FRAULEIN ELSE, Court Theatre. Arthur Schnitzler's 1924 stream-of-consciousness novella about a neurasthenic 19-year-old Viennese girl has been adapted with great verve and perception by Francesca Faridany, who also originated the title role at Berkeley Repertory Theatre last spring. Court's production, under the direction of Lucy Smith Conroy, offers some beautiful stage pictures. But Whitney Sneed hasn't found the balance between Else's hysteria and her self-possession. Though Sneed hits the humor in Else's compulsively self-referential monologues, her mannerisms and inflections remain those of contemporary America rather than fin de siecle Europe, which undercuts the believability of her final breakdown.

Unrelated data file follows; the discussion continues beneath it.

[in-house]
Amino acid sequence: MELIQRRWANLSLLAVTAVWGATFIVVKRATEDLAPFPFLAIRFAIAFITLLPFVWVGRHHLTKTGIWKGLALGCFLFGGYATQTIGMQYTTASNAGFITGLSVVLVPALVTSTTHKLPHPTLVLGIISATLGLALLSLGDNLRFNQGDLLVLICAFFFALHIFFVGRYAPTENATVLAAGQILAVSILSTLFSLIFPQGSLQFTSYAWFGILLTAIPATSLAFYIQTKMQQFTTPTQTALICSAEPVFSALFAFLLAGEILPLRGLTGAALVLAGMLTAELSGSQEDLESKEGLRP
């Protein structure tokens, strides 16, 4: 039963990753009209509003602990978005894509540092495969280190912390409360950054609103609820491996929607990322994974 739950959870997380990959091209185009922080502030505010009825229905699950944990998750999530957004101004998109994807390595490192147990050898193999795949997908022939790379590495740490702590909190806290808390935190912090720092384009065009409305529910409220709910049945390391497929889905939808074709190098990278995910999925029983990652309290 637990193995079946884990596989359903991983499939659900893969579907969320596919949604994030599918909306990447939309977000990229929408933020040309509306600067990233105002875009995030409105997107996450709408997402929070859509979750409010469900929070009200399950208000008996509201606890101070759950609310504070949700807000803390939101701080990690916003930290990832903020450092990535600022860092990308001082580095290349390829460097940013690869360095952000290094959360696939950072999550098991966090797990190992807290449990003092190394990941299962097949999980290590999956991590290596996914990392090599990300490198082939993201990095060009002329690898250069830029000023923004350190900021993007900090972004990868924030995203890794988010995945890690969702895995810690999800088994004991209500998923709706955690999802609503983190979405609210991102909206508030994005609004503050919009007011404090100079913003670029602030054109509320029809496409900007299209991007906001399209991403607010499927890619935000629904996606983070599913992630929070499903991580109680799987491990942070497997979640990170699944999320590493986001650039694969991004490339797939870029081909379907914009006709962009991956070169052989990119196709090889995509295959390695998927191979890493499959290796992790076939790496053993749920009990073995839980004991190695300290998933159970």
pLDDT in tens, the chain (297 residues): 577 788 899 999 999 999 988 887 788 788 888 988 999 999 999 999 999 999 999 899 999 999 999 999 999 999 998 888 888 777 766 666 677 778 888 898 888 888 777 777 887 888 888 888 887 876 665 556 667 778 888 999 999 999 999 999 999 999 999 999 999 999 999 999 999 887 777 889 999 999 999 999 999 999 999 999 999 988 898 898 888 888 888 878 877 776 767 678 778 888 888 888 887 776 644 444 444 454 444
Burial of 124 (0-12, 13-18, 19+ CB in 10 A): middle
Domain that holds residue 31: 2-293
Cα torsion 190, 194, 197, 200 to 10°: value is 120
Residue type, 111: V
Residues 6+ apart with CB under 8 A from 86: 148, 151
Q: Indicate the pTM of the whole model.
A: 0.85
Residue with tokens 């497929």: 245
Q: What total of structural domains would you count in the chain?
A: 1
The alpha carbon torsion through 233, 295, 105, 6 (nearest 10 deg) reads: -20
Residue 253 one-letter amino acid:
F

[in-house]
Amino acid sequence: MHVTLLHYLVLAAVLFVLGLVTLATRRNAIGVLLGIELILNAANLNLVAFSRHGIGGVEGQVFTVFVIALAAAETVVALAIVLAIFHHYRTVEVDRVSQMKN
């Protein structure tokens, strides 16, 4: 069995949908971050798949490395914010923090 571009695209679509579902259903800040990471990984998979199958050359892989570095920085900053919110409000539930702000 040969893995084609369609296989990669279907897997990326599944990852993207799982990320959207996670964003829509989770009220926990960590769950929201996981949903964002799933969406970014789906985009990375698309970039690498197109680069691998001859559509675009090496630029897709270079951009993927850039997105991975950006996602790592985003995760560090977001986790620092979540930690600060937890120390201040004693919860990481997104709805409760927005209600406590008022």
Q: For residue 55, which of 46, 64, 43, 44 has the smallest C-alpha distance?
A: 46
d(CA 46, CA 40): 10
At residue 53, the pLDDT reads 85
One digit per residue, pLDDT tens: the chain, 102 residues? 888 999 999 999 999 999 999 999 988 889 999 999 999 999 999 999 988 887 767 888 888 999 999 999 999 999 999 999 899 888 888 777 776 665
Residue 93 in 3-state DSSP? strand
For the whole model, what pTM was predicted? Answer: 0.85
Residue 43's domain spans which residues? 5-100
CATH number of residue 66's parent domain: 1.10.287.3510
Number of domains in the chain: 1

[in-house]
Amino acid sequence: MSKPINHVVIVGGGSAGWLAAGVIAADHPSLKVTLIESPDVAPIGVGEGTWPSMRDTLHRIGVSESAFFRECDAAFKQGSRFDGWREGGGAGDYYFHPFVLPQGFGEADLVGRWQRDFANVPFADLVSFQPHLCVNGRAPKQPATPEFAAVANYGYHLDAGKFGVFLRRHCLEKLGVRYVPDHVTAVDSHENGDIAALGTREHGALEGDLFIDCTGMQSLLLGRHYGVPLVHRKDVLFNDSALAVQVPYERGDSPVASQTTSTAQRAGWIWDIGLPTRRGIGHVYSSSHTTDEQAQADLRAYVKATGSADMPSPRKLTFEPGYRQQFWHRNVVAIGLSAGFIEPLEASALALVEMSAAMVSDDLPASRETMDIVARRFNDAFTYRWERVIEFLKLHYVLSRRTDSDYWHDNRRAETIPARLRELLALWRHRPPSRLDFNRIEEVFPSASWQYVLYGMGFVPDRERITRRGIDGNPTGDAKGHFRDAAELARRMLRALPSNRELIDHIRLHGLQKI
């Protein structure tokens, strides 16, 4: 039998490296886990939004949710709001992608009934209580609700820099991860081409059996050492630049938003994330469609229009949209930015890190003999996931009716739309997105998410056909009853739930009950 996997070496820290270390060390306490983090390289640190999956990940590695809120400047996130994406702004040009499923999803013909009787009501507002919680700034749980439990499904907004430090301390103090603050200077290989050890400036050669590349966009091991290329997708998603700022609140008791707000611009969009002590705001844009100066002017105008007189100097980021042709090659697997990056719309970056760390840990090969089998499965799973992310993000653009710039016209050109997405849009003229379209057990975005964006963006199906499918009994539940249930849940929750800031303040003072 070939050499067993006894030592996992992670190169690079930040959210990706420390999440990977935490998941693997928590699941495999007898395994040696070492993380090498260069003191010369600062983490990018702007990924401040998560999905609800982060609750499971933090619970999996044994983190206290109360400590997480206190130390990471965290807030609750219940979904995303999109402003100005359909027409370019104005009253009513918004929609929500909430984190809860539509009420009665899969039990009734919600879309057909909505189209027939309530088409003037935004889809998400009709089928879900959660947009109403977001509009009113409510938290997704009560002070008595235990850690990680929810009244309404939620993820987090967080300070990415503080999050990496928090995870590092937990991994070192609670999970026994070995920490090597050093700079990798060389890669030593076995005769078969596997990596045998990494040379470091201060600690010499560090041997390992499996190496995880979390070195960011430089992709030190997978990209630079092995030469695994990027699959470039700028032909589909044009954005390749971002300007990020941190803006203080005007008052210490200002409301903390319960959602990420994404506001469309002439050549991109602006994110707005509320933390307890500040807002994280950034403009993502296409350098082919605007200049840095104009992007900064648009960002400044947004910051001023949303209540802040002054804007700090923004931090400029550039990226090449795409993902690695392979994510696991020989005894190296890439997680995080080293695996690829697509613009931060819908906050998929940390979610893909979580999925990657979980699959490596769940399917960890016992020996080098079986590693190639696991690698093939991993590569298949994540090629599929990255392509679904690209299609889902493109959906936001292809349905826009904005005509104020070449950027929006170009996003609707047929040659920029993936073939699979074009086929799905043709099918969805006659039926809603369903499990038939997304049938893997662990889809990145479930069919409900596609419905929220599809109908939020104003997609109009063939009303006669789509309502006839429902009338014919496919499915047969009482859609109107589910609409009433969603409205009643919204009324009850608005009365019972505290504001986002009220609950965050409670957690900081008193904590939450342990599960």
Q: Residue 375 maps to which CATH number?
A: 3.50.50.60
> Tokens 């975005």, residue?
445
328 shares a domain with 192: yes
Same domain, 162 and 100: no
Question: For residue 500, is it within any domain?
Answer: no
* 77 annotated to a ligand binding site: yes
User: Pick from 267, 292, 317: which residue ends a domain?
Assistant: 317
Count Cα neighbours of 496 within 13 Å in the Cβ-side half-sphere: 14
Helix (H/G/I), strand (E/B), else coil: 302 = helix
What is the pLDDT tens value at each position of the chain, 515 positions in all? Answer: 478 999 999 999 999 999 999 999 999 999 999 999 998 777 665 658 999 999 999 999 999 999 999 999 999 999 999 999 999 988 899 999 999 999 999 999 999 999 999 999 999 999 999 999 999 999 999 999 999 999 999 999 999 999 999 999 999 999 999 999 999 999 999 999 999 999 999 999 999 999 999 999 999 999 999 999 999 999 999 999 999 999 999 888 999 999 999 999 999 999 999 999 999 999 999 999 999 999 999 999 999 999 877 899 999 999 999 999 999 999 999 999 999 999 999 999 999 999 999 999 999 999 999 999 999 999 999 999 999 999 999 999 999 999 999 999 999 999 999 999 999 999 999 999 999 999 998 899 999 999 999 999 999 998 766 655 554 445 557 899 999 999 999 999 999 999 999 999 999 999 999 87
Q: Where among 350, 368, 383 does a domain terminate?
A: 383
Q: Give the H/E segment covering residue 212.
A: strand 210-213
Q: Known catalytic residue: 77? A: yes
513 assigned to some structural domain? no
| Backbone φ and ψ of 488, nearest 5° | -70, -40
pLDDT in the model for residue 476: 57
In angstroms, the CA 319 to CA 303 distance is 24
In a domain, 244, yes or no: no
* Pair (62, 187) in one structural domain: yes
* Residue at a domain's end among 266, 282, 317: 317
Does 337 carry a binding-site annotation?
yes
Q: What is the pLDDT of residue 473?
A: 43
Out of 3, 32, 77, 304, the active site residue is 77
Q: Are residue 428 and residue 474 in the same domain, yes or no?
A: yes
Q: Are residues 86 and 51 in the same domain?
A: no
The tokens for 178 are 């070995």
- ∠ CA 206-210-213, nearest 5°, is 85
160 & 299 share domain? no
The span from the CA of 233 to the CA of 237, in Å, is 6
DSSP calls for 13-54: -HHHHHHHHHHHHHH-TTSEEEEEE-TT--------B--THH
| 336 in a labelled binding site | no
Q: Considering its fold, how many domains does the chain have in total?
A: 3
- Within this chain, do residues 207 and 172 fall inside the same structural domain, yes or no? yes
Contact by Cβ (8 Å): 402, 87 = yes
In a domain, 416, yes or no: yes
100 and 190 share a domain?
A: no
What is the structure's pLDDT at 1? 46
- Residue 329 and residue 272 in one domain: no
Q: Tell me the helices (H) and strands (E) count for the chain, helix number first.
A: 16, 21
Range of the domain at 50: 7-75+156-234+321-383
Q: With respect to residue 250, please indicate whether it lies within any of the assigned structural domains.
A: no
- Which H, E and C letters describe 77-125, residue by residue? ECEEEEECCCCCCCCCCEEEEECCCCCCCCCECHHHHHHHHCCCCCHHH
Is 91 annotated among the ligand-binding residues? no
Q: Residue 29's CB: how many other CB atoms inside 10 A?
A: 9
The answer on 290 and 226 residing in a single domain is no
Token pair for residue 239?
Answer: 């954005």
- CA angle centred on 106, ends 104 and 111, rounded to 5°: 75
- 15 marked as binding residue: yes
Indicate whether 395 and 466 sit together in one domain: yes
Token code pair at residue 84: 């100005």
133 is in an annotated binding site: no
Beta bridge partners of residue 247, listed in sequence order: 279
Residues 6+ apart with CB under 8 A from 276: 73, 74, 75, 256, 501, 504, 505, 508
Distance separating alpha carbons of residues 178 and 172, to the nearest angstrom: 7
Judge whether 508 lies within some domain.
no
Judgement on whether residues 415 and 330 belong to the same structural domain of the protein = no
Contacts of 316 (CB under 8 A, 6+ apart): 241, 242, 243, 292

The source of that breakdown is creepy even for our permissive times: Else's parents, in financial arrears because of the father's gambling, send letters urging her to flirt with--that is, seduce--an older family friend who's vacationing at the same Italian spa. He agrees to cover papa's debts provided he can see her virgin body naked for a quarter of an hour. The latter part of the script suggests the nightmarish disorientation of Roman Polanski's Repulsion, also about a virgin on the verge of a nervous breakdown. But instead of a tormented girl driven to a tragic end, Sneed's Else seems more like Bridget Jones at the garden party minus her Playboy bunny outfit.